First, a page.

Geniunely affordable racing – is it possible?
Surprisingly, the answer may lie in a cloud of dust kicked up by a selection of stock cars, rally cars that have seen too many jumps already in their lifetimes and even a perfectly respectable silver 3 Series (with number plates).
In 2017, Killarney International Raceway in Cape Town hosted the big dogs. Racing idols like Loeb, Solberg and Block performed their motoring ballet to more than 27,000 cheering fans. World Rallycross came to our shores.
The FIA-spec circuit is 60% asphalt, 40% gravel, 100% entertainment.
After being granted FIA World Championship status in 2014, World Rallycross (or Rx) has proven to be a fantastic success. Providing a gladiatorial, arena-like atmosphere reminiscent of other forms of short-circuit racing, Rx combines elements of drag racing, drifting and rally-style jumps.
Spectator value is huge. These cars do 0 – 100km/h faster than a Formula 1 car. No tears are shed for broken bodywork. Competitors often cross the finish line sideways and sometimes backwards!
Audi, Ford, Hyundai, Peugeot, Renault and Volkswagen are all running teams in 2018. Given the disturbing trends in rally racing generally over the past few years, that is a strong indication of the power of Rx.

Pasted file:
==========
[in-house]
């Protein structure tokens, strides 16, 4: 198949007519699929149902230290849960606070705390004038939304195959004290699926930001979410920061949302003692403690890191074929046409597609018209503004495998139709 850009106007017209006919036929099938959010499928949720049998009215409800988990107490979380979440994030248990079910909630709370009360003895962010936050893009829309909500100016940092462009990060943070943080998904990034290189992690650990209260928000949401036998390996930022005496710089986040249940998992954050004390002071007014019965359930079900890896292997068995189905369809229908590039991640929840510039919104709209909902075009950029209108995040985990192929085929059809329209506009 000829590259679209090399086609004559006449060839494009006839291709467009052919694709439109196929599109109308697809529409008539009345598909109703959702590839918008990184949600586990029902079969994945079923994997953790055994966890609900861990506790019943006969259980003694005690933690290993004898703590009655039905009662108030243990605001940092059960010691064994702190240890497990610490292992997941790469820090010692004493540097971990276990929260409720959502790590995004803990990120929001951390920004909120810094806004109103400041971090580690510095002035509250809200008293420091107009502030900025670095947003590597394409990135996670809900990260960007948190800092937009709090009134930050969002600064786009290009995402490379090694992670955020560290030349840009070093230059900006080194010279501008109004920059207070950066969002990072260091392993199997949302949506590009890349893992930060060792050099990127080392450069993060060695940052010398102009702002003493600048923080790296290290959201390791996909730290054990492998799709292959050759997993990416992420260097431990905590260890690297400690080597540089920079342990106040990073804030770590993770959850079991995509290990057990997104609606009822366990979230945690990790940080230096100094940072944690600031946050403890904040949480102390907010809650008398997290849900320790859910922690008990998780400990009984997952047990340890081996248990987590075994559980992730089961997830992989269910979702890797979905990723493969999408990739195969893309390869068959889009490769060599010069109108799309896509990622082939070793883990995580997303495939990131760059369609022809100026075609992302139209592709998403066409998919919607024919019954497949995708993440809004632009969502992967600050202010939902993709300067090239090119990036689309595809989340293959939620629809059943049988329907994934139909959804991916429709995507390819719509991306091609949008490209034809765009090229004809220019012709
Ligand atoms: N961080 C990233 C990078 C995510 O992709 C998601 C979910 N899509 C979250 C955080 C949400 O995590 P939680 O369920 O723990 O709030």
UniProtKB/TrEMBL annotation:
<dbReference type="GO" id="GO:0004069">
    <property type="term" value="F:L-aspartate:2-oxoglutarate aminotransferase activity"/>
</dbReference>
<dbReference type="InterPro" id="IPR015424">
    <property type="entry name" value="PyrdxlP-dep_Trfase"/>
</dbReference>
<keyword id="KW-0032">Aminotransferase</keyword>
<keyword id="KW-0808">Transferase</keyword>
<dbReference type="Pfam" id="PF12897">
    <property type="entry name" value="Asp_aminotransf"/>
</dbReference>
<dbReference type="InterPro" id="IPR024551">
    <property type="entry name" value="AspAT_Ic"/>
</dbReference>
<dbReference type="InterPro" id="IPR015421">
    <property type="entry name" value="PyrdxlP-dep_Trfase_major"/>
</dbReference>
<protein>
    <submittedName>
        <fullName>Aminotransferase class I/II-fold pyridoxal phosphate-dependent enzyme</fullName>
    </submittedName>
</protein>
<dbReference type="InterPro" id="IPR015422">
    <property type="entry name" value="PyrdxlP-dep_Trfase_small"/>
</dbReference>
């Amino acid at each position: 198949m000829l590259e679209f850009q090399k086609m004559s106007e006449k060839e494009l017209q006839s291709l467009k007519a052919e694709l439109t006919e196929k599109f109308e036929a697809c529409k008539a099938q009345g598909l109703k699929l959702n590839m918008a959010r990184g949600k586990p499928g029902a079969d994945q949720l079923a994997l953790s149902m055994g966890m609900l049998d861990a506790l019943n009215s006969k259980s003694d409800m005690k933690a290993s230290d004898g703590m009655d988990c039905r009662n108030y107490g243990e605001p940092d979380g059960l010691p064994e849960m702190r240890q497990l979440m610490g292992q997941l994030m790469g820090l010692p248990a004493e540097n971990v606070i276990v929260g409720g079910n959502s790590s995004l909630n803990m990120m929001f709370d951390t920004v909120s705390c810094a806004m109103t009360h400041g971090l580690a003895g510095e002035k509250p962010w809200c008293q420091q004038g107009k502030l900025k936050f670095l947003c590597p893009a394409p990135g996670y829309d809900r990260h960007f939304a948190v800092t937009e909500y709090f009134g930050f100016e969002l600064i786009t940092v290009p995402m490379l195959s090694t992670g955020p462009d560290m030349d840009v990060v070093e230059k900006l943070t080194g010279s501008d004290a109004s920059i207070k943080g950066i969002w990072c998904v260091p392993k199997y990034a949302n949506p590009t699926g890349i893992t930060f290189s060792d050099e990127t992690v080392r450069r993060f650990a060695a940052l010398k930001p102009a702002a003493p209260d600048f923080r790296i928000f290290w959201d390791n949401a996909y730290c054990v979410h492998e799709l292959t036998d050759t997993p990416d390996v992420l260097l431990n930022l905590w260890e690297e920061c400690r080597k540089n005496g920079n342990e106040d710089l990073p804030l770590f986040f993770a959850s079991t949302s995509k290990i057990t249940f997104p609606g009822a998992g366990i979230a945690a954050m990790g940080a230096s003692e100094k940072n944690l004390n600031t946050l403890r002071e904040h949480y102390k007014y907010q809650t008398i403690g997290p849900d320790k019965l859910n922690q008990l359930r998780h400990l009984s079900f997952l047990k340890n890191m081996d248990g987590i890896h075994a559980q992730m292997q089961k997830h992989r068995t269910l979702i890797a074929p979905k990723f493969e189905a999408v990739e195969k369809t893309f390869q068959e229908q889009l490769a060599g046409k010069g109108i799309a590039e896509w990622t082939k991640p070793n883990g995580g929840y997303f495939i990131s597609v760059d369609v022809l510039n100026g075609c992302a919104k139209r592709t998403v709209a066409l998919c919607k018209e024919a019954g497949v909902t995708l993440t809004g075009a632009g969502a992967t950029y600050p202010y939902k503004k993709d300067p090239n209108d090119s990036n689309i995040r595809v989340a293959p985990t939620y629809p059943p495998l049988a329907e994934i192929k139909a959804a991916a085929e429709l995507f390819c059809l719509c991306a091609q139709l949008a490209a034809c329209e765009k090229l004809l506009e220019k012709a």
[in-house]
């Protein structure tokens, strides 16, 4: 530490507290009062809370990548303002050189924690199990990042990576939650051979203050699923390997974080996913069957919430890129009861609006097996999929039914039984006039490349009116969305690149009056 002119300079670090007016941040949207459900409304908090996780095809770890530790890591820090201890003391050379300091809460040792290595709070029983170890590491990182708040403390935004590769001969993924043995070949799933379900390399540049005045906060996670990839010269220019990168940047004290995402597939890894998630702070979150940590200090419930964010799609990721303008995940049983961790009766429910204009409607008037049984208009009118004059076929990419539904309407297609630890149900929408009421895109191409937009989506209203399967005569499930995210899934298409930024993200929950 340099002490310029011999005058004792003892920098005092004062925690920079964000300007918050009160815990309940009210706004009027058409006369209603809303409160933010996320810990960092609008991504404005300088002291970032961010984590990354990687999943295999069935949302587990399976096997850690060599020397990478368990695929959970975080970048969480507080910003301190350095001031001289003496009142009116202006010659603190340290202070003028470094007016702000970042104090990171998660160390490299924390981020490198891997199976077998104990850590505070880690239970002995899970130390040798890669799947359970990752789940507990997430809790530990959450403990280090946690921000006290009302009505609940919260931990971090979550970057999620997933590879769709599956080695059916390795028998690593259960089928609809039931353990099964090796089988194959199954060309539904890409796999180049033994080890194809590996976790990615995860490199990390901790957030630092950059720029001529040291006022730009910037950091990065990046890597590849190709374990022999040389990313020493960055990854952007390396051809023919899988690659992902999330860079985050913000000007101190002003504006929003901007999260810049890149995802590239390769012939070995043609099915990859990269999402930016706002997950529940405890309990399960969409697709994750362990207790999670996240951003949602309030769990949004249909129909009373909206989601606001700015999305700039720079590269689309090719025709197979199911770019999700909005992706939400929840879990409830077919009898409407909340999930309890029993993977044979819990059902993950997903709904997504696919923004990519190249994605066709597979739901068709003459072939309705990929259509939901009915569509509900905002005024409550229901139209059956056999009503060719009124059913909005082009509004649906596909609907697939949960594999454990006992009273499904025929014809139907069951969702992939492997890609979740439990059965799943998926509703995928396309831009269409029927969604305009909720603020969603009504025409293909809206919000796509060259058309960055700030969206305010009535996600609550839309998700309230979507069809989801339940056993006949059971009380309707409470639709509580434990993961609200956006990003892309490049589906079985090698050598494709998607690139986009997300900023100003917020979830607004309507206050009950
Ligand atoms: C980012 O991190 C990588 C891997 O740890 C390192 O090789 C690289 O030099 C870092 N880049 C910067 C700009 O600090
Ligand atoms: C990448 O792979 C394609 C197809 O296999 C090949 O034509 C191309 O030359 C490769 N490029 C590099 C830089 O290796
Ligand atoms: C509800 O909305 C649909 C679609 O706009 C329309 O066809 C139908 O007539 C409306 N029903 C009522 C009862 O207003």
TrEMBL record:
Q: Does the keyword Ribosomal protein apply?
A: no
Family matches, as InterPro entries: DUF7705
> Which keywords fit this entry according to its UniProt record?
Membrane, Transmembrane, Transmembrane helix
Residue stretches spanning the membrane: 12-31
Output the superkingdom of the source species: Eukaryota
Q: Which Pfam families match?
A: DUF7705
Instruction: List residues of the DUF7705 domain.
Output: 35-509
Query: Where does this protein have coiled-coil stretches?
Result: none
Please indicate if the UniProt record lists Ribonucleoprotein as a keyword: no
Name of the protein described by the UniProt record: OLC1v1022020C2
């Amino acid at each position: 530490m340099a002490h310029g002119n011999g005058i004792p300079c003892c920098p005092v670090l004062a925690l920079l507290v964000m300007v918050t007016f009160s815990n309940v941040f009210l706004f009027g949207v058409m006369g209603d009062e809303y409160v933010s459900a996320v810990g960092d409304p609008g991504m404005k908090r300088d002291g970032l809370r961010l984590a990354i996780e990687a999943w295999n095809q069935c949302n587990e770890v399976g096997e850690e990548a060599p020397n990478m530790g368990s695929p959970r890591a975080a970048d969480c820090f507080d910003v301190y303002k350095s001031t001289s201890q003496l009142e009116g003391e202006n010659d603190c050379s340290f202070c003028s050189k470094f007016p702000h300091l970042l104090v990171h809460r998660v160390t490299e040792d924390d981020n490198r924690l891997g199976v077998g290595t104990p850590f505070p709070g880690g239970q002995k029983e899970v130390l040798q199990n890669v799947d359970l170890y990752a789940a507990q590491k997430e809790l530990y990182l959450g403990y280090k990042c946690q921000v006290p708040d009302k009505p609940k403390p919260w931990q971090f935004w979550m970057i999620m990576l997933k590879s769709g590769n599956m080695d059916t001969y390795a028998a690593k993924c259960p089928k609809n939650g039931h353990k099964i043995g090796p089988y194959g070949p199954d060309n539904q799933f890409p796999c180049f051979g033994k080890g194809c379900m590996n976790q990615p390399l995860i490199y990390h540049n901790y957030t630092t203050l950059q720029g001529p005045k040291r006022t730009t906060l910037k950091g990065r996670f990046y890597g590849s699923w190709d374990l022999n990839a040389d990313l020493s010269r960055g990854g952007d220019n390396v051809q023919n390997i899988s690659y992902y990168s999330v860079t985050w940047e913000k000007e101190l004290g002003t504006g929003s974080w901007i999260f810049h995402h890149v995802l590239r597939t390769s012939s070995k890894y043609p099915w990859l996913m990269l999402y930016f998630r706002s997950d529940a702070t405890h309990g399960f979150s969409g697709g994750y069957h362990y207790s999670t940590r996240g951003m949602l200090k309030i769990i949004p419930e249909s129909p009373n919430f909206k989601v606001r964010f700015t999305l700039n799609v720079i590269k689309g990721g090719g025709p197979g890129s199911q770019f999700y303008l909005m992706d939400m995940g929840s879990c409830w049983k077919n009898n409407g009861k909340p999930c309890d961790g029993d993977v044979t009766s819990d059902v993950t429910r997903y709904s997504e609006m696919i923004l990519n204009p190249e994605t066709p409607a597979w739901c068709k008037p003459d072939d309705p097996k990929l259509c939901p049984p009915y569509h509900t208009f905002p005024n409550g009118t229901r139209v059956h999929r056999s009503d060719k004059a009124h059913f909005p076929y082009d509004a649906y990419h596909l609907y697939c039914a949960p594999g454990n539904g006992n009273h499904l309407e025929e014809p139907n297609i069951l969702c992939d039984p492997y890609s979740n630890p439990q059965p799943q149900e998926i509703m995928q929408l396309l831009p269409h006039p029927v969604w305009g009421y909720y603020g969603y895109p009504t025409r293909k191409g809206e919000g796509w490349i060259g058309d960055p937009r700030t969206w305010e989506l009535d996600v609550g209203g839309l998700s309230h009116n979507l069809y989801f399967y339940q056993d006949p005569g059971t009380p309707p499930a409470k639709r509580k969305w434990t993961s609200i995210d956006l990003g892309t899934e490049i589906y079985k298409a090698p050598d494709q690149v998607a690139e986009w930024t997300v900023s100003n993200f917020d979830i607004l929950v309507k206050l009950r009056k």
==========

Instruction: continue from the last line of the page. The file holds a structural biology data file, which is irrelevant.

Mark Cronje and Ashley Haigh-Smith flew the South African flag high at the Killarney round of the 2017 world championship, but South Africa does not have a regular competitor in the series. When one considers the success of our Dakar heroes, there is no reason why we cannot put forward a competitive entry into a full international Rx calendar.
In a fantastic development, our FIA-spec facility will not only be used once a year for Rallycross-format racing. Motorsport South Africa has given the Western Province Motor Club and Ashley Haigh-Smith Racing exclusive rights for three years to develop a local series.
The series is firmly in experimental phase, with current events focused on promoting the overall series rather than declaring champions. Classes are still to be determined, evidenced by the huge variety of cars entered for the day.
Organisers and participants reckon the entry cost for a suitable entry-level car is between R30k and R50k, which is no different to regional level karting. The full extent of annual racing costs remains to be seen, but a major focus of the series is to keep costs down, so hopefully expenses will be kept to a minimum.
Busy circuits, spectator entertainment and low racing costs – what’s not to love?